25. I found this video enlightening since so many people deal with copious amounts of stress in their daily lives from so many outside factors. I personally am a performer and can say that the amount of stress I feel due to pre-performance anxiety can sometimes have a negative effect on my performance. I have been looking for a long time for a healthy outlet for the stress as well as a way to calm myself. I wanted to mention that I have found exactly that in yoga and will consider this as an option. I had been taking herbal supplements to help with anxiety but I have now discovered an alternative that can be just as effective, I would like to try this prior to my next performance.

    Thank you for sharing!

  26. Tyler Schrader

    I myself like to think i deal with stress very well. For me I use physical activity such as, going to the gym and bike riding. Not only that but eating healthy just a overall healthy lifrstyle. I use these everyday. They keep my dopamine levels high and make myself feel good about myself. Im also always monitoring my thinking. I try to see things from different perspectives and different angles. Afterall, we are the ones that spark stress. It isn’t unbeatable. I just see it as perspective and the ability to choose one thought over another. Then of course the use of the Isha kryia and mindfulness. Since my practice of this I’ve experienced reduced stress levels and an overall wellbeing. managing stress can change your world. Stress is always going to affect you, but it doesn’t have to control you.

  27. Great video that really does sum up the typical encounter with stress. I think most people can identify its themselves that is causing the most stress once simply pointed out to them. One large reason for joining this class was to have some improvement on the health of my my heart. It makes sense that when it comes to stress you are your own worst enemy, but the advise to simply change your thoughts is not as easy as it sounds. Most of the time a stressing thought has some serious implications to it, implications that can cost you personal a lot if not handled properly. The advise of change your thought would most certainly work on the little things in life, but i would be hesitant on using that as a rule of thumb. Just like the high performing athlete, when things are really on the line one can not afford the notion of dropping the stress.

    • It really does all begin with choosing thoughts, ideas, actions that are positive, we do have the power to create a balanced life and stress is useful in competition organized sports. Until we choose to become organized and productive stress will continue to motivate many who are procrastinators. OM

  28. This video reminded me of the video we watched on the physical effects of yoga and how stress causes 90% of sickness but yoga can bring those levels of stress, anxiety and depression down. It is so amazing how your thoughts can effect your brain and body- how changing your way of thinking can improve your physical and mental health. I easily get stressed out and anxious and feel like I am most of the time, my therapist has suggested mindfulness techniques to incorporate into my life but I have yet to start…I wonder what is holding me back. This makes me think back to the Yamas and how living by a set of ethical rules can dicipline your brain in a positive light allowing you to be more in tuned with yourself and your life.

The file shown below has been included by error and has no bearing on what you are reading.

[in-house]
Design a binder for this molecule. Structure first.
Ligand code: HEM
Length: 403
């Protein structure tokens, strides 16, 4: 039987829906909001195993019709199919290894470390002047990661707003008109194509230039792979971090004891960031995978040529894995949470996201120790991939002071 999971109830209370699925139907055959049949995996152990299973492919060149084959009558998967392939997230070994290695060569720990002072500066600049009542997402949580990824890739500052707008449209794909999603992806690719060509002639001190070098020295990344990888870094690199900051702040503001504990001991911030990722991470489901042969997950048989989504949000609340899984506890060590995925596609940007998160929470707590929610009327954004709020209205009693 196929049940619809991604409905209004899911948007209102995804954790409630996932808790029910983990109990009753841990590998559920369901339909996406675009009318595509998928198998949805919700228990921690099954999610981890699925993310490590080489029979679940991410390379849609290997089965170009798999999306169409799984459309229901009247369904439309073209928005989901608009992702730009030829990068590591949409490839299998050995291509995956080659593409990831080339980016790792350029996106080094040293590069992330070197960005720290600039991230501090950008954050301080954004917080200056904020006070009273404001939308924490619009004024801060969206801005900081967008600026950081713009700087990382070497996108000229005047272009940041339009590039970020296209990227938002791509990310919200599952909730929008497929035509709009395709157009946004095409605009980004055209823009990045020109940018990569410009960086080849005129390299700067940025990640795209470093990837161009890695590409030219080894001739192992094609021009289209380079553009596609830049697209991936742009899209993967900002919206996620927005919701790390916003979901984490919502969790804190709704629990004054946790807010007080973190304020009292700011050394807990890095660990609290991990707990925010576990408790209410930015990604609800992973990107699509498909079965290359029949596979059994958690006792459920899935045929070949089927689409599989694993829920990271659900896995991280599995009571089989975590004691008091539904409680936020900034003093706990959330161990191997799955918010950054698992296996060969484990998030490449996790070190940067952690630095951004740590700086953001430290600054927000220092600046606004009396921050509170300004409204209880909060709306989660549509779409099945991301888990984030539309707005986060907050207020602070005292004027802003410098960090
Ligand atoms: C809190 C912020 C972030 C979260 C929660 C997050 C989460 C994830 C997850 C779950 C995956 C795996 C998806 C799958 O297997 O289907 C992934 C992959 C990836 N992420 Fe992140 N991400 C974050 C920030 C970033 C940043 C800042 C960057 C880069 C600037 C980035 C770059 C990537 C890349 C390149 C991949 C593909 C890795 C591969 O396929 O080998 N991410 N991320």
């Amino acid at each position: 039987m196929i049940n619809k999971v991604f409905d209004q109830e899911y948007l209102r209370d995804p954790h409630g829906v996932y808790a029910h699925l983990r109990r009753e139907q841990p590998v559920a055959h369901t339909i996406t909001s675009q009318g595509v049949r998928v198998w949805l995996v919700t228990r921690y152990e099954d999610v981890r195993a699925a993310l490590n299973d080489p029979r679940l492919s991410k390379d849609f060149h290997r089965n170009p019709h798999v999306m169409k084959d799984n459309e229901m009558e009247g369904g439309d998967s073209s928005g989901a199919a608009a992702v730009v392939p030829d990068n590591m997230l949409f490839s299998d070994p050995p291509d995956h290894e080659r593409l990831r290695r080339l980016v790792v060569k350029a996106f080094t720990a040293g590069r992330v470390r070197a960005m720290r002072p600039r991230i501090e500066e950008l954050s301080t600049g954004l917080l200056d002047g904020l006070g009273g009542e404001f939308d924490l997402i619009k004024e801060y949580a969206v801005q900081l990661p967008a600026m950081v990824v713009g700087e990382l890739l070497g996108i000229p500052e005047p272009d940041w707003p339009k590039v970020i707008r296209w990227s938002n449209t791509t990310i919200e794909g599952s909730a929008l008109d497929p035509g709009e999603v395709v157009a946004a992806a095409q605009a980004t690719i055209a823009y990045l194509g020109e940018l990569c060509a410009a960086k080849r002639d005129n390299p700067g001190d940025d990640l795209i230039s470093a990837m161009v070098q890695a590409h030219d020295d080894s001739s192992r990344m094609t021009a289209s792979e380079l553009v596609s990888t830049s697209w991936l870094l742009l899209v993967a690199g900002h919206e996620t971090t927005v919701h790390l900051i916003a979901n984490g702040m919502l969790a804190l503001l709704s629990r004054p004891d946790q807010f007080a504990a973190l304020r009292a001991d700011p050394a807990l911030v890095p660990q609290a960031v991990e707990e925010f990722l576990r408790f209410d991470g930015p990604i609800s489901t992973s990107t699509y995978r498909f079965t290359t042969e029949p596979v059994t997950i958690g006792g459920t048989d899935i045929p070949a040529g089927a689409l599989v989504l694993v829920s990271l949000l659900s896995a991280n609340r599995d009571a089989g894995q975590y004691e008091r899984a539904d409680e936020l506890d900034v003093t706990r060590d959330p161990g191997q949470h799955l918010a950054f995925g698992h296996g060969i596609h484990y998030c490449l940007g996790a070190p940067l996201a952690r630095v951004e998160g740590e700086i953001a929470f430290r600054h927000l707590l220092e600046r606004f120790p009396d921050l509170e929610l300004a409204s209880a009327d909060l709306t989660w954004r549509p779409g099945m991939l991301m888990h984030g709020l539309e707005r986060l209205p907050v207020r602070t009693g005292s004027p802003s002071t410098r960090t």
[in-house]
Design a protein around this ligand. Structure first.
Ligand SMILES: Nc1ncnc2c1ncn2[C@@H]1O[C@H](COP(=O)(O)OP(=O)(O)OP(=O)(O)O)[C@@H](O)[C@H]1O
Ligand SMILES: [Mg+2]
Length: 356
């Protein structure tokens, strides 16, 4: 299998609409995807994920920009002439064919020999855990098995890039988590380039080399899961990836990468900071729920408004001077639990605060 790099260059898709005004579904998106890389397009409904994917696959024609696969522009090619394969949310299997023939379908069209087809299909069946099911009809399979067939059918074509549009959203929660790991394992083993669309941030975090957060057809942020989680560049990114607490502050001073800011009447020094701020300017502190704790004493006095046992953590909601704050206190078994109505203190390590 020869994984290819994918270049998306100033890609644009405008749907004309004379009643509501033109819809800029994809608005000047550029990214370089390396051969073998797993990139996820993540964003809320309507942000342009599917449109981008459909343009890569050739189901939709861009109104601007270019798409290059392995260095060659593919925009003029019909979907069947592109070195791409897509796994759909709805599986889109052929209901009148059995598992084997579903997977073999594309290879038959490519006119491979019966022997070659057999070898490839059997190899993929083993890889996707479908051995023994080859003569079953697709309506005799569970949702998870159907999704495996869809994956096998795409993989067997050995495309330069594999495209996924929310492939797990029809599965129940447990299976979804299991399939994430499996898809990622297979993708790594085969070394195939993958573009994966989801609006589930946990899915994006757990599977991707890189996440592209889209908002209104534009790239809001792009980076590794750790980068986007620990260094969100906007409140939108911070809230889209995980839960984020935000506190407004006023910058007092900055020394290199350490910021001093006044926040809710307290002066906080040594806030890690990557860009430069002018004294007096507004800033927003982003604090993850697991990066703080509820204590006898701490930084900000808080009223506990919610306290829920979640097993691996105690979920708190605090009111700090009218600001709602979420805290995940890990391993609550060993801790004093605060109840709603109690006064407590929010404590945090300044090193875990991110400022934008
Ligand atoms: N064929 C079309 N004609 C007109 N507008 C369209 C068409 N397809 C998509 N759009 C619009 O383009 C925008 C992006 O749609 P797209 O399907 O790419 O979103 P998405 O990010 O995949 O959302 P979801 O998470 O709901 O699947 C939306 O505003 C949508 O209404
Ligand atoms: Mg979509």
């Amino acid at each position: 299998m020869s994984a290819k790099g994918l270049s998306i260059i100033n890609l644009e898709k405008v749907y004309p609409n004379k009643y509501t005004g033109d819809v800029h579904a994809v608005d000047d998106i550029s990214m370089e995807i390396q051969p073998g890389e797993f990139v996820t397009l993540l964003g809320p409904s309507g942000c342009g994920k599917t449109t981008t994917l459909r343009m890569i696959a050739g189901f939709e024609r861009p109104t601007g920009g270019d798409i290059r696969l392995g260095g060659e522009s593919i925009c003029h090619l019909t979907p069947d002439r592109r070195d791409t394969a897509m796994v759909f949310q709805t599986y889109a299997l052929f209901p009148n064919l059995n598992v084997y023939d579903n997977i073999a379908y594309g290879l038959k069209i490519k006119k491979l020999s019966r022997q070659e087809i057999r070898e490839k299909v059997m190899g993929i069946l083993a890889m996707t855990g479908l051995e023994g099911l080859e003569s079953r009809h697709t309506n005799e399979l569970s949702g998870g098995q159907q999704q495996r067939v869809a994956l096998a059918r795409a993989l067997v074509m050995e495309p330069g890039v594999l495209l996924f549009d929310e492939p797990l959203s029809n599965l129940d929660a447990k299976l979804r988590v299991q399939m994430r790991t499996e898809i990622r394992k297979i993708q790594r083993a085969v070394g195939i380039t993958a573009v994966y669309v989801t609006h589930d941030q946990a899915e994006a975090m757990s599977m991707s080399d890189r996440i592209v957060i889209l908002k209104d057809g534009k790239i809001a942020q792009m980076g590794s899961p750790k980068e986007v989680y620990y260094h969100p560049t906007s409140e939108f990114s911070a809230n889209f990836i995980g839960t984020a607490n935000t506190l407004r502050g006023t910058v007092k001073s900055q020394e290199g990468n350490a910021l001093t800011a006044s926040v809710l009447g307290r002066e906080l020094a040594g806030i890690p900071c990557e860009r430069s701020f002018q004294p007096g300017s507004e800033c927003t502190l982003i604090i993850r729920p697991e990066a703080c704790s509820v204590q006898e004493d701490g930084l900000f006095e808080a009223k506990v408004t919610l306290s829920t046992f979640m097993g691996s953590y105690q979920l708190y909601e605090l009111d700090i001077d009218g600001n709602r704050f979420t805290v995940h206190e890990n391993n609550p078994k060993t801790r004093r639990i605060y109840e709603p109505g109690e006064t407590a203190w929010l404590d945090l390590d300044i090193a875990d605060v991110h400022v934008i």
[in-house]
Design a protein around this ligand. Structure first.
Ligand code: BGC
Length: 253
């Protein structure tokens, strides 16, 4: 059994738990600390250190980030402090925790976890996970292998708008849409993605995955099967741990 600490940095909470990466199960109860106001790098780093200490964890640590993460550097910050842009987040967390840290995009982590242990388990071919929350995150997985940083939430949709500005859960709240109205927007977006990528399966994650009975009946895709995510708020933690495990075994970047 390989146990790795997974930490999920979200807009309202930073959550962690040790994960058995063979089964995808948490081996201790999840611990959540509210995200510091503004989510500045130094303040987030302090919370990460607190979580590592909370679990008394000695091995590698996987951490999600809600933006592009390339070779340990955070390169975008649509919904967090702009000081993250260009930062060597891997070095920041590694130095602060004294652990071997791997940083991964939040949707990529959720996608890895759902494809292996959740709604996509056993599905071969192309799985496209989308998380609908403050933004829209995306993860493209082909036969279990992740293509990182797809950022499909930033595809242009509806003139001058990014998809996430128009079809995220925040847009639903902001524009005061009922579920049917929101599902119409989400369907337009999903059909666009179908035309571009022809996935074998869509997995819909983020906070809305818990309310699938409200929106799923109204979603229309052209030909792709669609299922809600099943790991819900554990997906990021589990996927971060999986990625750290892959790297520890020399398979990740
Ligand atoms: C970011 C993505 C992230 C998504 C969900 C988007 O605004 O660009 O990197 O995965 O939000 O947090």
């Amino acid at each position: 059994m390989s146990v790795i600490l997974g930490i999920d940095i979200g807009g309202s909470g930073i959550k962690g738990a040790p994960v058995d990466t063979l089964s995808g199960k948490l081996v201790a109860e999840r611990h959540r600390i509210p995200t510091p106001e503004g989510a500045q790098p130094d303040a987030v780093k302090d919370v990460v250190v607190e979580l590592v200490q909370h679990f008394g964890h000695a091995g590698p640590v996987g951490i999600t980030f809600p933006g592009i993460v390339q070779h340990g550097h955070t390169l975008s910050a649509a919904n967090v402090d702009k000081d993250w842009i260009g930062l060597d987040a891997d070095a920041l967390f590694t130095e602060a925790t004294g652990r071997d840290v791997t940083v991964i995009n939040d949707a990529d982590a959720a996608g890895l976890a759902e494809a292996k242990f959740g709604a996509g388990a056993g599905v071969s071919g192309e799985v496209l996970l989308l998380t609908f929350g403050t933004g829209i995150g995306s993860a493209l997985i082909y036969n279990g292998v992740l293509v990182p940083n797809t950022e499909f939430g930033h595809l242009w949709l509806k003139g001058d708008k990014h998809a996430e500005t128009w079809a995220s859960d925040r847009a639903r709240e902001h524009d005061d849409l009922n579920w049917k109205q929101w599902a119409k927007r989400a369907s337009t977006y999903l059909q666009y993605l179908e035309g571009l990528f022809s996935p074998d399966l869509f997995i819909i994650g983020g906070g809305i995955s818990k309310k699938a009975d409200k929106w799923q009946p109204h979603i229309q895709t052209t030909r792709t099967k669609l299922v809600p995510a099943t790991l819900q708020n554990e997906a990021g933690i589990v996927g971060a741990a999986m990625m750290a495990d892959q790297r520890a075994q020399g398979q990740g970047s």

29. This video was really reflective of the the immense benefits Yoga has not only on the mind and body but also how it relieves 90% of these things that we struggle with in our every day lives. I think many people probably block their own mindsets when it comes to stress and think that meditating or doing Yoga isn’t their first thing on their mind. However I think what the video emphasised was the importance of being actively in charge and aware to what you yourself need. To be aware of the balance, energy and vibes you are creating within your self and your mind and body and also what you are allowing yourself to be surrounded by. And how mindfulness techniques can help achieve that by simply being open to them. I think for me recently it’s been difficult because I don’t deal with stress well and I constantly felt rundown, congested, drained and I know it’s all because of my habit of compartmentalising to think that it’s fine because I will get over the stress instead of actively trying to improve my own mindset. The practice has definitely been allowing me to be more aware though, I always surprise myself by being more satisfied and lighter than I think I will be and it allows me to look forward to just doing it and to keep practicing.

    • So proud of you for sharing your experiences, do use the Finger Holds Practice Daily to continue to keep you balanced. Also the Wellness Center has many classes through the week day and night. There are many clubs on campus that offer free and fun things to help get you in a positive fun zone, join in and enjoy, but do catch up on your missed assignments too, OM